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WhySoTough
6th Sep 2012, 18:15
Hey.
Surely this is a silly question for lots of you, but I'm going to ask anyway.
So being a newbie, flight school's arrivals were always the same, and there was only one STAR, so it became easy of course.
Now for example today flying into our destination, the flight plan had an arrival for us for the runway. Even in this case, surely it won't be the one we should use all the time.

Today the runway changed, and the ATC gave us the name of the new STAR, but the captain said that they don't usually do that.
Some places have so many different arrivals for a certain runway.
How do I know which one I'm supposed to use?

Appreciate any advice/help.
Thanks.

Clandestino
6th Sep 2012, 18:23
The one you are cleared to follow.

Usually it's the one from the last point on your route to approach & rwy in use.

If ATC changes it at short notice, tough. It's a part of the job.

Don't worry, quick replanning gets easier with time.

No silly questions.

bfisk
6th Sep 2012, 18:26
Try to look at the combination runway-in-use vs. last fix filed in flightplan. You will normally find something that fits. If there is more than one possibility, one of them will often be for night-ops, ie CDA arrivals, and the other one used during the rest of the day. If still none the wiser, try to listen to what other aircraft ahead of you get. If still confused, askthe other guy what you can expect, if he has been there before. Or, you could ask atc what to expect. If they are not too busy thay can often call ahead to the next sector to ask for you. Good luck.

WhySoTough
6th Sep 2012, 18:35
Thanks for the responses guys.
This last fix On the flight plan will be the same point regardless of runway yes?
Just the point you start your STAR from basically?
Thanks for the tips.

Intruder
6th Sep 2012, 22:07
The last fix on the flight plan is the one YOU put there! Certainly you have the charts for the airports you operate to, so you can review them as part of your FLIGHT PLANNING and find the preferred arrival fixes...

proxus
7th Sep 2012, 00:20
STAR (Standard Terminal Arrival Route) by definition is a link between enroute and final approach. Your enroute flight plan has an end point on your flight plan and you usually can find a STAR that connects to that point and leads you to final approach. You will find different STAR's starting from that point leading you to the RWY in use. Sometimes the STAR is called after the end point to help you identify it.
If your end point is for example called FUNNY then you might find a STAR called FUNNYA for RWY 01, FUNNYB for RWY 19. Works for SID's as well.
Sometimes the end point on the STAR is the same point as for the Intermediate or Center fix on the Approach plate. Sometimes the STAR ends in which means it will end with Radar Vectors.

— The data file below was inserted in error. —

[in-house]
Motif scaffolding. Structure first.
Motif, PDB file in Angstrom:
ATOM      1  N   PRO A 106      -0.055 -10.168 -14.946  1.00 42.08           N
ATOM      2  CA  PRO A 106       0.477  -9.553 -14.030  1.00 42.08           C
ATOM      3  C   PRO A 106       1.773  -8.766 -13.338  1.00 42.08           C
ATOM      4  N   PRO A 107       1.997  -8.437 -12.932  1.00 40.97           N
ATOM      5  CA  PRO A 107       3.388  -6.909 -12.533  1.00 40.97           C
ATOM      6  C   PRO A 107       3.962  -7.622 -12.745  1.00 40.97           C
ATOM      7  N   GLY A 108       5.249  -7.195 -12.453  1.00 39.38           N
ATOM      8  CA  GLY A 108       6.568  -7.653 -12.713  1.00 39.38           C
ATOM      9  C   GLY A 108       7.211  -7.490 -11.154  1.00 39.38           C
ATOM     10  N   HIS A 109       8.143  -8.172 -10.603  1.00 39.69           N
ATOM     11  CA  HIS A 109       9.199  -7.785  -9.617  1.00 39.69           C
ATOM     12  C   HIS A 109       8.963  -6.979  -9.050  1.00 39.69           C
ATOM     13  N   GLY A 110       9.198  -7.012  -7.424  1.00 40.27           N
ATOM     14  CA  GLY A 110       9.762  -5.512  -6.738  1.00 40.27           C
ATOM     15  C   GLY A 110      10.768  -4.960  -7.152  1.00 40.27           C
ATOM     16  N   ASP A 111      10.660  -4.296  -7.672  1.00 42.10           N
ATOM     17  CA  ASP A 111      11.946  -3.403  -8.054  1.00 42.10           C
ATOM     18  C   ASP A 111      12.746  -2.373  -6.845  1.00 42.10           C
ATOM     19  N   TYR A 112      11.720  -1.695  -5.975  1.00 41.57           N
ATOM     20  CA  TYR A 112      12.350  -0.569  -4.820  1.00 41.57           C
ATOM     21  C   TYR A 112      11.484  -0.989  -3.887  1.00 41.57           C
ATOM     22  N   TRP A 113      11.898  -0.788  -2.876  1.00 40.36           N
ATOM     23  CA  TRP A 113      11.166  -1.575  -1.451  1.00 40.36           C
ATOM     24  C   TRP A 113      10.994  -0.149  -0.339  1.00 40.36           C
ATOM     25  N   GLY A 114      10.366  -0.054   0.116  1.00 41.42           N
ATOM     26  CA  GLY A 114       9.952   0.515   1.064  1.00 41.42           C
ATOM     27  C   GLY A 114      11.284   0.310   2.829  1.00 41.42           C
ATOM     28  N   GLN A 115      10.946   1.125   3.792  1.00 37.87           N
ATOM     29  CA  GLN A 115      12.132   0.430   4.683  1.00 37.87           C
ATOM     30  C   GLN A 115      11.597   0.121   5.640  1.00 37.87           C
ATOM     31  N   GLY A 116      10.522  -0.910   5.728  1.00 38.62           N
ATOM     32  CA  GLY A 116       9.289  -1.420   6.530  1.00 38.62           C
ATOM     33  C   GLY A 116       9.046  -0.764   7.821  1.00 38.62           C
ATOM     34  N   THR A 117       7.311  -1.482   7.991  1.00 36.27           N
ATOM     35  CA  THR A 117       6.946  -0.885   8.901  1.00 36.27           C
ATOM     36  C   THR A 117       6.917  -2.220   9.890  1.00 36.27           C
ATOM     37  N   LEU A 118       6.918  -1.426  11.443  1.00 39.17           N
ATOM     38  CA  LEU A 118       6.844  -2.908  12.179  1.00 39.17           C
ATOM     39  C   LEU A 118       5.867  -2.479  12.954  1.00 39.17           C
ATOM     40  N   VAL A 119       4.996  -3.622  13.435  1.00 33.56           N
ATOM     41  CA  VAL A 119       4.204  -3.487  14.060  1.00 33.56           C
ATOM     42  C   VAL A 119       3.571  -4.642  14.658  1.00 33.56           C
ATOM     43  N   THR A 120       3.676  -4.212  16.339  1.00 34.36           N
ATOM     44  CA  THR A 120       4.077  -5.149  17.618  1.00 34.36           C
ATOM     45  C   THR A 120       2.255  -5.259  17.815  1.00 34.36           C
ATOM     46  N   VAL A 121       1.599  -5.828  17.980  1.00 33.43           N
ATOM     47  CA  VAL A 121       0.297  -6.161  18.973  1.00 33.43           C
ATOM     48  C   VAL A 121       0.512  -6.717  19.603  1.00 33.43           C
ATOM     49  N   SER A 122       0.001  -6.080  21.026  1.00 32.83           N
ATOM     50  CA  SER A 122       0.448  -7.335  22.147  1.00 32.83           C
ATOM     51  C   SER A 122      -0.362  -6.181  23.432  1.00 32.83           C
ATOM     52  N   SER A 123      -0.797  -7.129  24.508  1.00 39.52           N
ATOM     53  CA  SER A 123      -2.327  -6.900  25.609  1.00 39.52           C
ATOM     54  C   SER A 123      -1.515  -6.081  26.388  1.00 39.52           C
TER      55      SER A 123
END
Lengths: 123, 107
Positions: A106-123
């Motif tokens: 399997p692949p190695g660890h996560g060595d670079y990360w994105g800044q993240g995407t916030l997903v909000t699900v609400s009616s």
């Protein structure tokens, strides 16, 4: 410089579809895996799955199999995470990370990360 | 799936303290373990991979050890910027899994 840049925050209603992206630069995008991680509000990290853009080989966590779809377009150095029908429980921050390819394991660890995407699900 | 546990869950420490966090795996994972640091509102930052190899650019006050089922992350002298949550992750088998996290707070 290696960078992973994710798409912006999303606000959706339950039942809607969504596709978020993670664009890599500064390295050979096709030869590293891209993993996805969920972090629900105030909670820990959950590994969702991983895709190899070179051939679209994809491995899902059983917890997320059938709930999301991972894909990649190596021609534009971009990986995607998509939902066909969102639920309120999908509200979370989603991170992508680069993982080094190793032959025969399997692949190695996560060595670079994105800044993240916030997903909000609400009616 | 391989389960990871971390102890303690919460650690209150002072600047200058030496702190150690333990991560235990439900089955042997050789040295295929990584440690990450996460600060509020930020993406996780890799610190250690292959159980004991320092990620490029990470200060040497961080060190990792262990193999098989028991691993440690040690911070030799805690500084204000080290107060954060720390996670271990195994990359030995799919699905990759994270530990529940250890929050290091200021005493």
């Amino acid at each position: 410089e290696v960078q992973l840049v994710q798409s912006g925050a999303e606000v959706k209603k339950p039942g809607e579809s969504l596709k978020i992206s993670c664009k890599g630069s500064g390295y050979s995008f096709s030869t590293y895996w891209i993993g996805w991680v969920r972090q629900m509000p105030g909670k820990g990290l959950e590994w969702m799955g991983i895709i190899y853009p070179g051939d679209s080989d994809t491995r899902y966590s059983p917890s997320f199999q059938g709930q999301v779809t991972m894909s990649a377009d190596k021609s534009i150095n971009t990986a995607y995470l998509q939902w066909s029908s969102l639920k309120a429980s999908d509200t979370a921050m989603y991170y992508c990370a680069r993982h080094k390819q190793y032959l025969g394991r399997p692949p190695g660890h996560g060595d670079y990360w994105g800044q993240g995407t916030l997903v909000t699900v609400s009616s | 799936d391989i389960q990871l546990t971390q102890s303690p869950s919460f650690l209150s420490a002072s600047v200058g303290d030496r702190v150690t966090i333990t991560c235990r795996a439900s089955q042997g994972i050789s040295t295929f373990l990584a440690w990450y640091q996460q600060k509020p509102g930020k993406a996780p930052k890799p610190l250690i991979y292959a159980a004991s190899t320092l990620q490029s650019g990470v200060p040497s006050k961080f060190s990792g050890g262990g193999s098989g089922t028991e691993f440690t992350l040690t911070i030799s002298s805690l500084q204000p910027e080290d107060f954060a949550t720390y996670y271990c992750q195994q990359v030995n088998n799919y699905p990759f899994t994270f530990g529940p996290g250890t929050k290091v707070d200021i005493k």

Hope this helps...it will get easier.

Squealing Pig
7th Sep 2012, 00:57
Just ask ATC if in doubt and take any guess work out.

misd-agin
7th Sep 2012, 02:35
Using an FMC? Usual SOP is to select the landing runway first. It will list the STAR's that link to that runway.

BCN? I think it had 28 pages of departues in the FMC! :eek:

InSoMnIaC
7th Sep 2012, 04:42
At some airport it is also written at the top of the STAR plate which direction you should be inbound from to use that STAR (eg ARRIVALS FROM SOUTH).

But the easiest and most technical way is to just look for the most wrinkled up STAR page in your route manual. ;)

Heatedfuelreturn
7th Sep 2012, 04:57
So true, but often its the one page that is missing too.......,

with EFB, it is the last one you look at, and is always the one that is the bottom of the list, on page 2 of 2....

glf

roulishollandais
7th Sep 2012, 20:15
So true, but often its the one page that is missing too.......,
NEVER fly with missing or not update pages !!! :\
rh

Robert G Mugabe
7th Sep 2012, 21:46
Your company may have the arrival as part of the PLOG ( paperwork ) plug that into the FMGS. If coming in to BCN for example via PUMAL The arrivals are A PUMAL 3/4/ or WHATEVER. That said the clearance limit is PUMAL and if not advised by the french politely ask to hold. That will get and onward frequency change ASAP. Use the experience of the person you are flying with or ask ATC ( They work for us )

windypops
10th Sep 2012, 05:29
Definitely not a "silly question".

It's really important that you brief the clearance limit on the STAR, and you will only know this if you know which STAR you are on.

I always try and get STAR clarification from ATC as then we all know what we will do should we have a comms failure.

Jinkster
11th Sep 2012, 11:36
Question already been answered. Normally you have been a hundred times so that all helps with experience.

I went somewhere fairly new the other day and they changed the routing all together. We have lots of expensive kit on board but no one has invented the 'crystal ball' yet! ;)

Clandestino
13th Sep 2012, 15:07
This last fix On the flight plan will be the same point regardless of runway yes?The last fix of the enroute segment tends to be so as one usually approaches the specific airport from the same direction. However, routing can be changed by dispatch to avoid congested sector (and CTOT that goes with it) or ATC can change it due some unforeseeable circumstance.